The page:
Louisville & Nashville diesel locomotives show a variety that was typical for the era. The railroad’s roster was largely comprised of Alco and EMD models, but the road also sampled Baldwin and GE switchers and later GE road power. In the 1960s, L&N management opted to stick with what it knew, acquiring a number of locomotives secondhand that matched models already on the roster.
RS3 No. 104 Is former Great Northern 201, built as Spokane, Portland & Seattle RS2 No. 64. It is shown at Louisville on Feb. 11, 1967. Tom Smart, Brian M. Schmidt collection
Ex-Rutland RS3 No. 256 was spotted at Louisville on Nov. 15, 1963. Tom Smart, Brian M. Schmidt collection
Former Lehigh & New England FA1 No. 344 handles a single hopper on Oct. 24, 1964. Tom Smart, Brian M. Schmidt collection
GP7 No. 399 works at Louisville on Oct. 8, 1969. It is former Chicago & Eastern Illinois via Missouri Pacific. J. David Ingles, Brian M. Schmidt collection
F7 No. 863 is former Nashville, Chattanooga & St. Louis, acquired with that railroad in 1957. It works at Nashville on April 10, 1966. J. David Ingles, Brian M. Schmidt collection
GP7 No. 1700 wears its Nashville, Chattanooga & St. Louis colors at South Louisville on Sept. 30, 1967. Note that the unit rides of switcher trucks. Tom Smart, Brian M. Schmidt collection
The L&N merged the Nashville, Chattanooga & St. Louis in 1957, acquiring that road’s diesels, and in 1971 did the same with the Monon. Both transactions brought some color to the L&N’s trains. In between it acquired secondhand units from the Great Northern, Lehigh & New England; Rutland; and Tennessee Central, to name a few.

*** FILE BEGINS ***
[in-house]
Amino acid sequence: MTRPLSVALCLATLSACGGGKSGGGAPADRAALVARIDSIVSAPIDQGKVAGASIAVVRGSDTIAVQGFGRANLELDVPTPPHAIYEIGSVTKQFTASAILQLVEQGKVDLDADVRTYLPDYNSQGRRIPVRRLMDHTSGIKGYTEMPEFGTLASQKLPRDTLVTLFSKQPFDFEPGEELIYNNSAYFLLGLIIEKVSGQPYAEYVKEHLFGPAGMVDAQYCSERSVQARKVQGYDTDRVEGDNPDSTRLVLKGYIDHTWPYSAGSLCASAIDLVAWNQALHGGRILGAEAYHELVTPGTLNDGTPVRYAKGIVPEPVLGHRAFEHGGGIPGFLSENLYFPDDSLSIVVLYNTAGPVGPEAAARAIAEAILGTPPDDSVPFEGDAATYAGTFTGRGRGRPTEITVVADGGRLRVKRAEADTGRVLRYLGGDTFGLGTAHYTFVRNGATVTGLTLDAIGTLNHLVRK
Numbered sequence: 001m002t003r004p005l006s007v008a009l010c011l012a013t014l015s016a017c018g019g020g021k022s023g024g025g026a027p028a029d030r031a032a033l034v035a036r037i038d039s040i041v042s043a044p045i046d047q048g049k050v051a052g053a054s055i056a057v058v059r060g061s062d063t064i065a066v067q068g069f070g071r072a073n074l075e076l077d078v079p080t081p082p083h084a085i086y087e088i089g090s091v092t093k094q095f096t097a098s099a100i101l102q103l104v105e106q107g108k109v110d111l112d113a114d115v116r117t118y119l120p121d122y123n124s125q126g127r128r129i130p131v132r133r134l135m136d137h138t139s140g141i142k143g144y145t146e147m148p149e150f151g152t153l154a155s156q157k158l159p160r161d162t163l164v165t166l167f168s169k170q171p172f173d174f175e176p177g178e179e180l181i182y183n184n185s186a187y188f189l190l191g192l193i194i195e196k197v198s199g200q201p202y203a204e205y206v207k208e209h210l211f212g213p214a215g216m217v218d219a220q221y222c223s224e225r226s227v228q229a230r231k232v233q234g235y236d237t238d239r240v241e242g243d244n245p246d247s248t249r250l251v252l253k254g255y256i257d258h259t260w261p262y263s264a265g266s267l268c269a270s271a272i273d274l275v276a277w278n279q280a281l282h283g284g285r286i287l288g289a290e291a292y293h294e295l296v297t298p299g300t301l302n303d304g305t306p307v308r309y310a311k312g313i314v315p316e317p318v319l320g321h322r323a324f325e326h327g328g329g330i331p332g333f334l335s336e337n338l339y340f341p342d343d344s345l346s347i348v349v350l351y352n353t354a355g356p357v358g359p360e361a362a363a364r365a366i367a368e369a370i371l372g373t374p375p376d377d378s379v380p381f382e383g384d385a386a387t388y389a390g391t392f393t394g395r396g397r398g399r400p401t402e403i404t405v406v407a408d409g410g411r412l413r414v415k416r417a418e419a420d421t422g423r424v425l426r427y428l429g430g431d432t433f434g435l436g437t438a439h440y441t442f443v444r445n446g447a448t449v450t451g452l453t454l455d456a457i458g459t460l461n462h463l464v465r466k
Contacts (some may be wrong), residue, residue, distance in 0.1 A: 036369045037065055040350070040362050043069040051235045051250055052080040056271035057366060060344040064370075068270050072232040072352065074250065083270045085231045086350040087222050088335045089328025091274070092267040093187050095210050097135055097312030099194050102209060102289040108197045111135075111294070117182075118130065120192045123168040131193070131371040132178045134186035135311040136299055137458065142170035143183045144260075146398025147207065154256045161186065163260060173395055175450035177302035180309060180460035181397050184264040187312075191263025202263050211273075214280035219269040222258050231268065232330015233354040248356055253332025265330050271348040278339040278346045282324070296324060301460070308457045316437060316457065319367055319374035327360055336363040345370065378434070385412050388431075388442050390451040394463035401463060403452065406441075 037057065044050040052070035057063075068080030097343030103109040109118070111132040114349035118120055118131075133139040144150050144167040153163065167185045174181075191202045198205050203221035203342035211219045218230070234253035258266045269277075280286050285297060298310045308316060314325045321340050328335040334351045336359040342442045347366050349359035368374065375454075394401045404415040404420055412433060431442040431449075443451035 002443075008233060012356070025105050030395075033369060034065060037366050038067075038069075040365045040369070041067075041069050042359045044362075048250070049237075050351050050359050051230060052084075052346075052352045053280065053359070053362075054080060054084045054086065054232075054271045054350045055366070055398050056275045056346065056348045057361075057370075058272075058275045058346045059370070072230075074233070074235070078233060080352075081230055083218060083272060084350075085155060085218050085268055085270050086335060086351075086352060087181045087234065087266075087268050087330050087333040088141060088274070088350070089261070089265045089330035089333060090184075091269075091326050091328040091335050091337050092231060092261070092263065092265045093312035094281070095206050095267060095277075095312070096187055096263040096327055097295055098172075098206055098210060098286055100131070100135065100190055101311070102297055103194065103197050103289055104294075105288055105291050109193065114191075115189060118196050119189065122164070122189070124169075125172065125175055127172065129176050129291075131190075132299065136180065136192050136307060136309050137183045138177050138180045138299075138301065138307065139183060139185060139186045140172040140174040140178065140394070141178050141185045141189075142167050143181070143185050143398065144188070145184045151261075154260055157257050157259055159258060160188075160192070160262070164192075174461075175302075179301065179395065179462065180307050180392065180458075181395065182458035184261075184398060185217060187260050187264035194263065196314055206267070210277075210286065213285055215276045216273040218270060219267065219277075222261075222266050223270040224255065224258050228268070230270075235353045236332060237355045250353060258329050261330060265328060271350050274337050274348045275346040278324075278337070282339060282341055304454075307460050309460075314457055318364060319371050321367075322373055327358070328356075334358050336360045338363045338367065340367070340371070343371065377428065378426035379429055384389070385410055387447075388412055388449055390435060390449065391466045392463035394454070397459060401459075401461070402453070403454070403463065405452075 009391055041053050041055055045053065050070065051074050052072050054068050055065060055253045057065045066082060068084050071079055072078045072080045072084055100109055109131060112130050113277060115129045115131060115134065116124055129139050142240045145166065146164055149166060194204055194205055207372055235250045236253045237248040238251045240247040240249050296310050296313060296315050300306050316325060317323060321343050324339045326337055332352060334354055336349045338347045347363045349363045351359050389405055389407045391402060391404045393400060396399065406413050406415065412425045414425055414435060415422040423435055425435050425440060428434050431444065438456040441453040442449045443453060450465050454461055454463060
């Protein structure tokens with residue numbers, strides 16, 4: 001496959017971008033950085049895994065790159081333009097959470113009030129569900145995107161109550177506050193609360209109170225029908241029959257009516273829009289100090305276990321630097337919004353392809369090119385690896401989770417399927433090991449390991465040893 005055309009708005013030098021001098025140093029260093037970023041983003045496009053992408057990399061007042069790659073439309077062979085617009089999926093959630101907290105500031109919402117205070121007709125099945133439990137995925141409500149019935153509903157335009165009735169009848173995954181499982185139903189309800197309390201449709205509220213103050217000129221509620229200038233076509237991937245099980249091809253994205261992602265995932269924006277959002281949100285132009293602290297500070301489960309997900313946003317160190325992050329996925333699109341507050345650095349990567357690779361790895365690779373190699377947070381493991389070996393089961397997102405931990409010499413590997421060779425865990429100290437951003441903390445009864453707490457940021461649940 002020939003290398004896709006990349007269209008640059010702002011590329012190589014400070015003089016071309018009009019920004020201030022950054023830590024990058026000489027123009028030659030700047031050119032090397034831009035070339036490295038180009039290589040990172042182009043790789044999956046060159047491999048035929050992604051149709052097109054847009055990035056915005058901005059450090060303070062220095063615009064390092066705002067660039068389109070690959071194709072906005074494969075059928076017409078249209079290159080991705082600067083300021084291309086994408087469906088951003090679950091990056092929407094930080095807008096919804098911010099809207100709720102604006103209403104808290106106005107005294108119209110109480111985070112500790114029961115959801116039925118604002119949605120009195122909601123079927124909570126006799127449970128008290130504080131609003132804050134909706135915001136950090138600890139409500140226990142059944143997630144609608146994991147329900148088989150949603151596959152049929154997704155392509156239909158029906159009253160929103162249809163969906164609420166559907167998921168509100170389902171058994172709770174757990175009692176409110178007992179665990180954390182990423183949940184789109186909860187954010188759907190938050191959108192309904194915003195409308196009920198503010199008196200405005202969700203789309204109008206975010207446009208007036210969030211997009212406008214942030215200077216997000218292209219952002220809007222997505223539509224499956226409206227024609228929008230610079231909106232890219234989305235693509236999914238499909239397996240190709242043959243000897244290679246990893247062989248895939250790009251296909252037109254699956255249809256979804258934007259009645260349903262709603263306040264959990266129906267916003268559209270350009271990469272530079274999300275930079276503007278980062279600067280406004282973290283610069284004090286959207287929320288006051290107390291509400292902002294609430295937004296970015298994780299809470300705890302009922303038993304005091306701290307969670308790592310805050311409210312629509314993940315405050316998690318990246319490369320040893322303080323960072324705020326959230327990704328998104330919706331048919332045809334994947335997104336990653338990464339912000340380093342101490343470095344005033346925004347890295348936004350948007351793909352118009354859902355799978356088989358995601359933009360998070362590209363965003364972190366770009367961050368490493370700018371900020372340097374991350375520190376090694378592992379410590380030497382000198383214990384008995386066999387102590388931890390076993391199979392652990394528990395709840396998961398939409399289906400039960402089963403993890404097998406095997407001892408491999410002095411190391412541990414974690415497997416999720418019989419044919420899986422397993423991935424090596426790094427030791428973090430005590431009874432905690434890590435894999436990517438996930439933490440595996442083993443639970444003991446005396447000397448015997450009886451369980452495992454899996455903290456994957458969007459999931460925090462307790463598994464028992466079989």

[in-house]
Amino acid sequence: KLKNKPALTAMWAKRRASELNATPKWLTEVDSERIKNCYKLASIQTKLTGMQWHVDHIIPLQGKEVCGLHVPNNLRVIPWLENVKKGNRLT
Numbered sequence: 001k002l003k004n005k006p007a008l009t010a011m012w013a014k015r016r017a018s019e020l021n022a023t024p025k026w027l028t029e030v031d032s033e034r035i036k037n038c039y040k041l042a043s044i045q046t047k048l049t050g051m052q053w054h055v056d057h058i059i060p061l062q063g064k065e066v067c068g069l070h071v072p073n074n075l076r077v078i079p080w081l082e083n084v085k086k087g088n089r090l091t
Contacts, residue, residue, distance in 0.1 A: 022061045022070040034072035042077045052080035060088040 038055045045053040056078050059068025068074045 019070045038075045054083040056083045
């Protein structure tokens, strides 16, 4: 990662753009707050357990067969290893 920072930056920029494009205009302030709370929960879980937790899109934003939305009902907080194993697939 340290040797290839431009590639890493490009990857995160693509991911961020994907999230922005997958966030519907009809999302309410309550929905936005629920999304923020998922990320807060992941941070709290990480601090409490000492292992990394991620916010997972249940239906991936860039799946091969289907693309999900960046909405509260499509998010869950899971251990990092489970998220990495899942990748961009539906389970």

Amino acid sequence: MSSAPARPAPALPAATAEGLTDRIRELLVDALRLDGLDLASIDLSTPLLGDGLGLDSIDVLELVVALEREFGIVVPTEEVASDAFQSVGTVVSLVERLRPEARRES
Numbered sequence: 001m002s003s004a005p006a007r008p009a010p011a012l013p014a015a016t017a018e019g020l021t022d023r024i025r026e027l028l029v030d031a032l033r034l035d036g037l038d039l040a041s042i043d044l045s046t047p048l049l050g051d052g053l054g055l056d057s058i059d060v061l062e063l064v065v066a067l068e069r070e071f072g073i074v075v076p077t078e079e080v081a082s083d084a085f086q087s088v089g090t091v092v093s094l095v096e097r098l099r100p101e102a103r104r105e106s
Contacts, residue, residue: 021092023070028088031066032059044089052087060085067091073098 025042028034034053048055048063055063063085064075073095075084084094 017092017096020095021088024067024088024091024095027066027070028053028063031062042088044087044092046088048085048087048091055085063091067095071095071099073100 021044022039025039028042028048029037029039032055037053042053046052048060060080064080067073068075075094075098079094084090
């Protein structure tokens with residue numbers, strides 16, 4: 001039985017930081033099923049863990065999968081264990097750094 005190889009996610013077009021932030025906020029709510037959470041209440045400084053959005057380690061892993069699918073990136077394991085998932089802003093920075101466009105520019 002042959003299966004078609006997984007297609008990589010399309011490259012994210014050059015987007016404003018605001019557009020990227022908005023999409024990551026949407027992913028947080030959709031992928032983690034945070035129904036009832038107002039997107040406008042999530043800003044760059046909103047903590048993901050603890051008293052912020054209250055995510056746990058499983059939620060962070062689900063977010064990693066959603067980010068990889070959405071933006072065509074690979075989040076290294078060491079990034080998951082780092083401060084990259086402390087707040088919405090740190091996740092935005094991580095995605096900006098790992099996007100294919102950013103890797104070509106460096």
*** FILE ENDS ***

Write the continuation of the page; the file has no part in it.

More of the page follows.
One standout unit on the L&N diesel roster was RS3 No. 104, the second such unit to wear that number. It started as an Alco RS2 built for the Spokane, Portland & Seattle in 1947. It was later known as Great Northern No. 201 before being purchased and rebuilt to RS3 specifications by the L&N in 1966. It replaced the first RS3 No. 104 that was wrecked and retired in 1964. The L&N operated unit into the late 1960s in its former SP&S paint.
Another colorful addition to the Louisville & Nashville diesel locomotives roster were nine former Rutland Railroad RS3s acquired in 1963 after that New England railroad’s shutdown. They were renumbered 256-264 and operated for two years in Rutland green paint before being traded in on newer power. Of note, No. 256 was built as Alco demonstrator No. 1601.
The L&N also acquired 10 secondhand Alco FA1 units from the defunct Lehigh & New England in 1963. They were built as L&NE 701-710 and renumbered 332-341 on the L&N roster. They were not compatible with the m.u. system that the L&N used and tended to operate together or individually to get around this limitation.
L&N was not interested in only secondhand Alco models, however. It acquired GP7s 388-399 in 1969 from Missouri Pacific. The units were built for the Chicago & Eastern Illinois as its 203, 205-211, 213, and 218-220. They operated on the L&N for a number of years in C&EI black-and-white paint.
When the L&N acquired the NC&StL in 1957, it also acquired the entirety of that road’s locomotive roster. That included early production GP7s that rode on switcher trucks and wore a maroon-and-red paint scheme.
Additional models were included with the NC&StL acquisition. Those were Alco S1 and S2; Baldwin VO660 and VO1000; EMD SW1, NW2, SW7, and SW9; and General Electric 44-ton switchers. Additionally, the NC&StL rostered F3, F7, and GP7 road units.
One example of a secondhand acquisition that brought a new model to the roster of Louisville & Nashville diesel locomotives was from the Tennessee Central. The L&N acquired five Alco RS36 units, the only of their kind of the roster, in 1968, along with two more C420s.
Later, in the 1970s, the L&N would work to integrate the Monon roster.